Afghanistan: Another Shameful Exit (EP. 347)

The Taliban will be free to exert cruel, dictatorial control over Afghanistan in exactly the same way that North Vietnam did when we left.
The Taliban will be free to exert cruel, dictatorial control over Afghanistan.

Introduction

“Peace with honor,” was the phrase President Richard Nixon used on January 23, 1973 to describe the Paris Peace Accords that ended the Vietnam War. What really happened was a disorderly evacuation, appropriately ending as a CIA officer helped the last, desperate evacuees to get onto the last Air America helicopter to leave the rooftop of the American Embassy in Saigon on April 29th, 1975. 

We disgraced ourselves in Vietnam. After promising to lead South Vietnam to freedom and democratization, tens of thousands of real and suspected American sympathizers were tortured and killed by the North Vietnamese after we fled. 

We are doing it again in Afghanistan, where we once again promised to lead a country to freedom and democratization. With President Joe Biden saying that he “trusts” the Afghan Army because it is “well trained and well equipped”, once again, thousands of real and suspected American sympathizers will be tortured and killed by the Taliban after we run away. 

That is the subject of today’s 10 minute episode.

Continuing

The US goes into various countries, including Vietnam and Afghanistan, promising freedom and democracy. The government calls it nation building: I call it bait and switch. We know full well that we cannot impose democracy on another country; either they want it and are willing to demand it and achieve it on their own, or nothing happens. Yet knowing that, our politicians and military leaders recklessly promised the Afghans democracy, all while wanting to invade for personal and political reasons. 

Pop Quiz: Q. Name the one country that had never been a democracy that became one after we invaded. A. Japan. After almost completely destroying Japan in WWII by bombing, including the atomic bombs on Hiroshima and Nagasaki, utterly destroying the country economically, getting the Emperor to admit that he was not a god, instituting a complete military occupation and writing a new constitution for the country, it worked. Second Q. Where else are we willing to do all that? Second answer. No where. Not even close.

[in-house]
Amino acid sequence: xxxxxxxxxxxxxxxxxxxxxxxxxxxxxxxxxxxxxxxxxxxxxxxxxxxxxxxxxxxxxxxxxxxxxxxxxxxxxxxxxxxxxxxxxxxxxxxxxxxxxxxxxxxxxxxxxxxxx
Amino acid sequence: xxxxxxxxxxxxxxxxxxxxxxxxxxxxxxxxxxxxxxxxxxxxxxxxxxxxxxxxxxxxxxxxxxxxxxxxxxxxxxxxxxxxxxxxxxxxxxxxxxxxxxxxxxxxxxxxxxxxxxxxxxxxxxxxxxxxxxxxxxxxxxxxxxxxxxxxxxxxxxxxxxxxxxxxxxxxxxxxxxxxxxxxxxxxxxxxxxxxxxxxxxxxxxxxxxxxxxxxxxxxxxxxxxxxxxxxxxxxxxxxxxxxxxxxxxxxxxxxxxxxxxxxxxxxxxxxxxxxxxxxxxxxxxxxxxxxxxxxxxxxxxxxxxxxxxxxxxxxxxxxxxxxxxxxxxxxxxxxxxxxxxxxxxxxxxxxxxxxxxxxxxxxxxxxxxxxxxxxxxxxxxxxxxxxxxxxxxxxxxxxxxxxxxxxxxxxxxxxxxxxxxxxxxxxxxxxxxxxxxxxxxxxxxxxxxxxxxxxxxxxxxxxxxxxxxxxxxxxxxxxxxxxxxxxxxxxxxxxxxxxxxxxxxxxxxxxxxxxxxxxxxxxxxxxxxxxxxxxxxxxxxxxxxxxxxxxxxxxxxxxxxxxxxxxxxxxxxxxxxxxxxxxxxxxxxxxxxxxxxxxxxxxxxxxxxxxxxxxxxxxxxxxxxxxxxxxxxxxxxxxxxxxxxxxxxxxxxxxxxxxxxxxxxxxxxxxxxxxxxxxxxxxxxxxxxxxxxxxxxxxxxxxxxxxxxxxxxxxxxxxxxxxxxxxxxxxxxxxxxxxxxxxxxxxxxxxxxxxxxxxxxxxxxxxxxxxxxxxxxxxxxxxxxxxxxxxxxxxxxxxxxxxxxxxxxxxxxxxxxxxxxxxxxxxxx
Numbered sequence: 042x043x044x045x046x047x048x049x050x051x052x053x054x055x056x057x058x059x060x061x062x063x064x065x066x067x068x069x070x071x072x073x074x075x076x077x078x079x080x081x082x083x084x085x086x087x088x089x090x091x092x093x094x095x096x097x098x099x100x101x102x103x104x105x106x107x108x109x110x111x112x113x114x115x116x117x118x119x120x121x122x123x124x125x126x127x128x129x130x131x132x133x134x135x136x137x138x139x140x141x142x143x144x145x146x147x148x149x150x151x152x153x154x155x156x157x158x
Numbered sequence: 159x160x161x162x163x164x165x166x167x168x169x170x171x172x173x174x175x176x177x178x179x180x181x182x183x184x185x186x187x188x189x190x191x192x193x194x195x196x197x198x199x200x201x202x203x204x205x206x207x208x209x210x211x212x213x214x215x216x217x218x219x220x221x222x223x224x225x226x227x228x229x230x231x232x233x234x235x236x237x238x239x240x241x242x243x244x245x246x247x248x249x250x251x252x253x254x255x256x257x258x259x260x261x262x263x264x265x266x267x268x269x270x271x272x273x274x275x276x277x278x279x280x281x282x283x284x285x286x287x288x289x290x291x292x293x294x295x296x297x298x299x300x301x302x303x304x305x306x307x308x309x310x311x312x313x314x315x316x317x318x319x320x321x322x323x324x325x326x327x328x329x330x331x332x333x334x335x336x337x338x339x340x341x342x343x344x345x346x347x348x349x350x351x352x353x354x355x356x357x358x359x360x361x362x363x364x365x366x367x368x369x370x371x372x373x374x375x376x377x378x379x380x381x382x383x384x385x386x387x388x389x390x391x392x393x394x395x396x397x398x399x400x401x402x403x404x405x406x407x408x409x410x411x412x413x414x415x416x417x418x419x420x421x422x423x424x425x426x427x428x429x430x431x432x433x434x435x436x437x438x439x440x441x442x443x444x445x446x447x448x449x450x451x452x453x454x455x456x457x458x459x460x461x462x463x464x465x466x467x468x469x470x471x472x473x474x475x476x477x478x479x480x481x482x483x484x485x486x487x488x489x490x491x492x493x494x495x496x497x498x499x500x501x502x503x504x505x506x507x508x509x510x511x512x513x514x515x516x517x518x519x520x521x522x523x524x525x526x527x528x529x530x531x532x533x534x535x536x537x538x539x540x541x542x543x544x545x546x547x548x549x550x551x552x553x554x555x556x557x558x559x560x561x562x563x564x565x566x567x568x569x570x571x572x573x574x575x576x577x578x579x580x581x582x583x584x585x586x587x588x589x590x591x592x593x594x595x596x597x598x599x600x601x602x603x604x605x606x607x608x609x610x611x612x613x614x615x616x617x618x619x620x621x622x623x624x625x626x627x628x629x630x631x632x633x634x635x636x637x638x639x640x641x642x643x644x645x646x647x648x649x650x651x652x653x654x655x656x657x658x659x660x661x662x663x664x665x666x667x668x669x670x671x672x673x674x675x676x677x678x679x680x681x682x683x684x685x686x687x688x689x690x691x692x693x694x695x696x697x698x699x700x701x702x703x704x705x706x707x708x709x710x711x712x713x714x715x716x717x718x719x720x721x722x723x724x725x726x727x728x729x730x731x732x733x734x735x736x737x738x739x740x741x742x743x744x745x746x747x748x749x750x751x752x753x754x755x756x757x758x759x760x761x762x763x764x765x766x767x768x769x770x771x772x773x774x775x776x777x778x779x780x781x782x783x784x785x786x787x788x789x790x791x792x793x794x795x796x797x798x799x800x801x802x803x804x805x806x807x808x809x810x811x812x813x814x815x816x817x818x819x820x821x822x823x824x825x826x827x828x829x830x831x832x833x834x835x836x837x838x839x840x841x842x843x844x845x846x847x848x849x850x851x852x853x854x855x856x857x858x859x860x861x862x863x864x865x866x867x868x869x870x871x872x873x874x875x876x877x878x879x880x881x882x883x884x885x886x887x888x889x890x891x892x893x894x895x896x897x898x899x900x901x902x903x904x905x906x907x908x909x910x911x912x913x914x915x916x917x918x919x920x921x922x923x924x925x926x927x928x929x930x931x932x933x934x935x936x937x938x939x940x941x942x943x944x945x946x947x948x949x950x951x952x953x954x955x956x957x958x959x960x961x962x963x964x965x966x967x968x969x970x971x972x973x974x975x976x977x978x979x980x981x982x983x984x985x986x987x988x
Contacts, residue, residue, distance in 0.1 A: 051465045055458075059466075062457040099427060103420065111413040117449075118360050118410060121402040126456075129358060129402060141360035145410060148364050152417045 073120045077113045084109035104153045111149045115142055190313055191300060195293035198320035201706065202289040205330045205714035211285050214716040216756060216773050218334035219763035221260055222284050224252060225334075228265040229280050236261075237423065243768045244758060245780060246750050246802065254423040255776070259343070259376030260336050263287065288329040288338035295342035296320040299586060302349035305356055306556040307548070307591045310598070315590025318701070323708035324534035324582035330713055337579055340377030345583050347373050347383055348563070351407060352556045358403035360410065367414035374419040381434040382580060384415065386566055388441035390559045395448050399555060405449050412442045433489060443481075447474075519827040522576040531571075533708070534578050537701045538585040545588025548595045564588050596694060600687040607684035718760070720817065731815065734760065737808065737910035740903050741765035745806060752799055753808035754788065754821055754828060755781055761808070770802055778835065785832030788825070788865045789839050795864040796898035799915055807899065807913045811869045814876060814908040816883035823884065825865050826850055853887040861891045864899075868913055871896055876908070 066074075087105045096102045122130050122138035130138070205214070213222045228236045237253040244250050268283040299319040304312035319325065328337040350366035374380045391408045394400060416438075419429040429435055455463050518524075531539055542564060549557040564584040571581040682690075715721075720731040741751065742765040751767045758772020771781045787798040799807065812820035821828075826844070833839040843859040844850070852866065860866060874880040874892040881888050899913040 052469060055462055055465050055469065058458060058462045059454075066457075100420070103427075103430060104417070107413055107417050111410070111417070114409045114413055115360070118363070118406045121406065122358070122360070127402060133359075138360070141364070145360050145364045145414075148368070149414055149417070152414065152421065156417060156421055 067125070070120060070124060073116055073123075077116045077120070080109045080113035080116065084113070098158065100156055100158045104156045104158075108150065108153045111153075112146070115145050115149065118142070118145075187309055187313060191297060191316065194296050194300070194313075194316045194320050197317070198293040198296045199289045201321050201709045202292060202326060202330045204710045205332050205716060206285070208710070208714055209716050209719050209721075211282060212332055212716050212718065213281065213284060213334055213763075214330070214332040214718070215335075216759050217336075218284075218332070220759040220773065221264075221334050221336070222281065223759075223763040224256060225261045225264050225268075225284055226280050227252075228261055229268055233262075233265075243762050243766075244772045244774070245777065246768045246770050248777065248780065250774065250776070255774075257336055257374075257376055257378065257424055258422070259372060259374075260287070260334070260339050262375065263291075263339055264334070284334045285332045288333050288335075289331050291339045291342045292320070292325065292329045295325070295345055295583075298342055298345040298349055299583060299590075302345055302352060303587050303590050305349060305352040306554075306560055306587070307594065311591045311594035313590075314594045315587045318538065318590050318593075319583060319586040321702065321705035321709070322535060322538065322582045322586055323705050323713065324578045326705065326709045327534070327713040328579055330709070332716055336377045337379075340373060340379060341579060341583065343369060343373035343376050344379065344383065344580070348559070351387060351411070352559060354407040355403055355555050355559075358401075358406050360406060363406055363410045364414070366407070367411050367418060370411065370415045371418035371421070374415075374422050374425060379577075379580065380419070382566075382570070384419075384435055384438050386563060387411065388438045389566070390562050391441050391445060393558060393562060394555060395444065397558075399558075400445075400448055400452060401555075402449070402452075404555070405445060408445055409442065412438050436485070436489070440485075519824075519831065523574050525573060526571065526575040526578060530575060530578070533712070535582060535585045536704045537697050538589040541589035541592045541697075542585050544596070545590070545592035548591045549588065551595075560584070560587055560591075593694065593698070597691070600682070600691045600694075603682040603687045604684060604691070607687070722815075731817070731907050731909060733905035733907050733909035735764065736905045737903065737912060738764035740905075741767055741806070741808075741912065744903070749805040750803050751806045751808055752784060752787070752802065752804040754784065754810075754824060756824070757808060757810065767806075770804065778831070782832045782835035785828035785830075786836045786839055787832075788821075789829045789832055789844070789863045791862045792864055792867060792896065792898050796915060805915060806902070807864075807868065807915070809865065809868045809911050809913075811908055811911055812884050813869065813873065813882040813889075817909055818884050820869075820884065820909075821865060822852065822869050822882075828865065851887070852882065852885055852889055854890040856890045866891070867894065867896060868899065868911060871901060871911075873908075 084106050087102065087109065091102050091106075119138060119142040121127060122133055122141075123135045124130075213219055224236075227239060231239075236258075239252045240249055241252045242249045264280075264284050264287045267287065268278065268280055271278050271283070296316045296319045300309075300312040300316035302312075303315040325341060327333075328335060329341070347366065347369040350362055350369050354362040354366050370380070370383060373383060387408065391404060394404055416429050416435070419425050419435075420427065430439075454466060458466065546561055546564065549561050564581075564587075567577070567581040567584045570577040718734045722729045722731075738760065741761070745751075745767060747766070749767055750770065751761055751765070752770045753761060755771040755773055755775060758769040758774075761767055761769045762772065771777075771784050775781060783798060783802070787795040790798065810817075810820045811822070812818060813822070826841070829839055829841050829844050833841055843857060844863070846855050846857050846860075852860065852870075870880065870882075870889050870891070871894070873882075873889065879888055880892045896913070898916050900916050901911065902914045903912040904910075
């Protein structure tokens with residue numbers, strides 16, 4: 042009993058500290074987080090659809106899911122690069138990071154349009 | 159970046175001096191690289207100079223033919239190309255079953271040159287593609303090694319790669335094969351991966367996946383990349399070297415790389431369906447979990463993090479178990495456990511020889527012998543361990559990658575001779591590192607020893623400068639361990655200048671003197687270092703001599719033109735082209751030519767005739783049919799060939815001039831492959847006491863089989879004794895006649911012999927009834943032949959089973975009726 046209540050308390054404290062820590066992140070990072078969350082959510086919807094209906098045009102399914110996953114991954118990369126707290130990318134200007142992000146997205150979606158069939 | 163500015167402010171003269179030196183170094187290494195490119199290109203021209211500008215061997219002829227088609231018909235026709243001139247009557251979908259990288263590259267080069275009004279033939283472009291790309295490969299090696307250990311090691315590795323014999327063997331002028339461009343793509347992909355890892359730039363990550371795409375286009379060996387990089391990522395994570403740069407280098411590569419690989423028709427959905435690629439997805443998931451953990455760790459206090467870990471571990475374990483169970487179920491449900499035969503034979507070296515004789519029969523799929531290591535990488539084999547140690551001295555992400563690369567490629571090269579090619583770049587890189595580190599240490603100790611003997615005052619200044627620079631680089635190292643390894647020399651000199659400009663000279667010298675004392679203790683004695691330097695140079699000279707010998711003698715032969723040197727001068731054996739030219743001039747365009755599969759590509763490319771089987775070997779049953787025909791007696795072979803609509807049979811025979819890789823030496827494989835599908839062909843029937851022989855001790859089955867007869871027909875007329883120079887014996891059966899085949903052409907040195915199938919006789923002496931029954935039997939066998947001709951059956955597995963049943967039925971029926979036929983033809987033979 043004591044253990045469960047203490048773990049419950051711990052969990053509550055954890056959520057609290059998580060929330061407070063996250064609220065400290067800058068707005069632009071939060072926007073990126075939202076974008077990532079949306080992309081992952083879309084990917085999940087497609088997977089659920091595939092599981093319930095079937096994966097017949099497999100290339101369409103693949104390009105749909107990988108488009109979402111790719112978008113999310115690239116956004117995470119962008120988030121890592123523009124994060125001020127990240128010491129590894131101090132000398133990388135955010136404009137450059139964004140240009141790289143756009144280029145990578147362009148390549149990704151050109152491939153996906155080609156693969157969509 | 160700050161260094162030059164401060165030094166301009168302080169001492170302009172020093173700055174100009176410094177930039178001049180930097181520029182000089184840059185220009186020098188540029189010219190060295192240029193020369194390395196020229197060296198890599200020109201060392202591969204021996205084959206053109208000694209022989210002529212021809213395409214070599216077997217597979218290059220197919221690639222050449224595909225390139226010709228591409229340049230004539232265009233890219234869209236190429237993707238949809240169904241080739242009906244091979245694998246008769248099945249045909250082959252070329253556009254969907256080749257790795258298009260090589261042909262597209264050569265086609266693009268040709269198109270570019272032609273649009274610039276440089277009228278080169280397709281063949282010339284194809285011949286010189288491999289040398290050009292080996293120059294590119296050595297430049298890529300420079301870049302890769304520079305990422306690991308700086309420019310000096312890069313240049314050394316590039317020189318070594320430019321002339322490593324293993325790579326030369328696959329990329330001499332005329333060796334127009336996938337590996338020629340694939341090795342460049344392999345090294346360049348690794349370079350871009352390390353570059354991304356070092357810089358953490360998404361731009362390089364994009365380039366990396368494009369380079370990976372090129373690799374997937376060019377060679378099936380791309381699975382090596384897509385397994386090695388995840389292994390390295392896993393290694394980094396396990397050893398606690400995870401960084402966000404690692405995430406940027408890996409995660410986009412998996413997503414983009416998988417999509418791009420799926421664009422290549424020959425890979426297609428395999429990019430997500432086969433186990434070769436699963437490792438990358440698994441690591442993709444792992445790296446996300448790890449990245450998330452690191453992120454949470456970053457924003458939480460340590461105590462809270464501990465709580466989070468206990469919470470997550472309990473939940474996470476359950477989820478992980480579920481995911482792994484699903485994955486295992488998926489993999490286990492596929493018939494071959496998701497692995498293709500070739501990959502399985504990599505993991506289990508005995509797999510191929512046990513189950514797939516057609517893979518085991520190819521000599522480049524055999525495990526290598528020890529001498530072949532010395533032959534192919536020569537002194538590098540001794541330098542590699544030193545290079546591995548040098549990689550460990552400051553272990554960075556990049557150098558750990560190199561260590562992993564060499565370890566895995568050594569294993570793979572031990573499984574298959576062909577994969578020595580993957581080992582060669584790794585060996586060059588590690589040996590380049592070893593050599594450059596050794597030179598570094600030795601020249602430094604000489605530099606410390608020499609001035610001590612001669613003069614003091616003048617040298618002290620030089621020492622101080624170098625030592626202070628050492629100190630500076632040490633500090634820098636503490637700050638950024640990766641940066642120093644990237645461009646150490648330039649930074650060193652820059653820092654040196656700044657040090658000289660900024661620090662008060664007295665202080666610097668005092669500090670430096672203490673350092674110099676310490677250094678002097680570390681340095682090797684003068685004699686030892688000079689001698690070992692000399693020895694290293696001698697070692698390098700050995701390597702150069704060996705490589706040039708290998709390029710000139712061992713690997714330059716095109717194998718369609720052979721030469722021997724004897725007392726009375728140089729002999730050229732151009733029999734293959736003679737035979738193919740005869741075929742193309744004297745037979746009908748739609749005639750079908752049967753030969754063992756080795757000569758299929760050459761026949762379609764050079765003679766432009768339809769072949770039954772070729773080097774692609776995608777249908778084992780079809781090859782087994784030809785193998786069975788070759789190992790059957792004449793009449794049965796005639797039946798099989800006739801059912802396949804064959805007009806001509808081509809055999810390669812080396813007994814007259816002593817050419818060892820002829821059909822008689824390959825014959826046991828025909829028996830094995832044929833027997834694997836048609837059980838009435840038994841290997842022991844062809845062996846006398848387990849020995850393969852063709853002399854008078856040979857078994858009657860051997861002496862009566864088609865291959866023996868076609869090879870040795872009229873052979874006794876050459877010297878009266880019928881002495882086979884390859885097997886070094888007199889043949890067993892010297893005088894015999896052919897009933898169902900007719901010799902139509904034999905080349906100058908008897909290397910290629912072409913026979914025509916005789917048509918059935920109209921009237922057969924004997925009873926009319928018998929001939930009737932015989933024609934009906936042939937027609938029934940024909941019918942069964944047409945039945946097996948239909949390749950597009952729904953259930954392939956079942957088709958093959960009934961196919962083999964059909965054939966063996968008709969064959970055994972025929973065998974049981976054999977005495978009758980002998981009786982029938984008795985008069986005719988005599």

Going back to the days of Alexander the Great, four powerful armies tried invading Afghanistan before us; all of them failed: the Greeks, Romans, British and the Russians, all at the height of their military powers. We knew that it would take a victory-over-Japan-like-effort to succeed. We knew that going in, yet we are pretending to be surprised that we failed. Now we are leaving, making excuses and happy statements while we run. “Retreat and declare victory,” is hollow and deceitful. 

The Taliban will be free to exert cruel, dictatorial control over Afghanistan in exactly the same way that North Vietnam did when we reneged on our promises to South Vietnam. In both countries, the carnage and human suffering will be dramatically worse than if we had never set foot there. 

Some lucky ones escaped the communist dictatorship’s terrible retribution in Vietnam. The Vietnamese boat people were the refugees who fled Vietnam by boat and ship following the end of the war in 1975. This migration and humanitarian crisis was at its highest in 1978 and 1979, but continued through the early 1990s. Escaping landlocked Afghanistan will be a touch harder. And none of the surrounding countries, e.g., Pakistan, China and Iran, are all that attractive anyway.

We were right in intervening in South Korea when North Korea attacked, but not in South Vietnam. Q. But Will, weren’t we defending against the spread of communism in both cases? A. No; these are very different examples. Both Germany and Korea were partitioned post WWII; North Korea was administered by the Soviet Union, and South Korea by the US. In 1950, the Communist-aligned Democratic People’s Republic of Korea (DPRK), North Korea, suddenly attacked the West-aligned First Republic of Korea, South Korea, the US-backed South. 

Unlike South Korea, when we intervened in Vietnam, we had no vested interests to defend. And we were propping up a cruel, dictatorial Catholic regime in an overwhelmingly Buddhist country.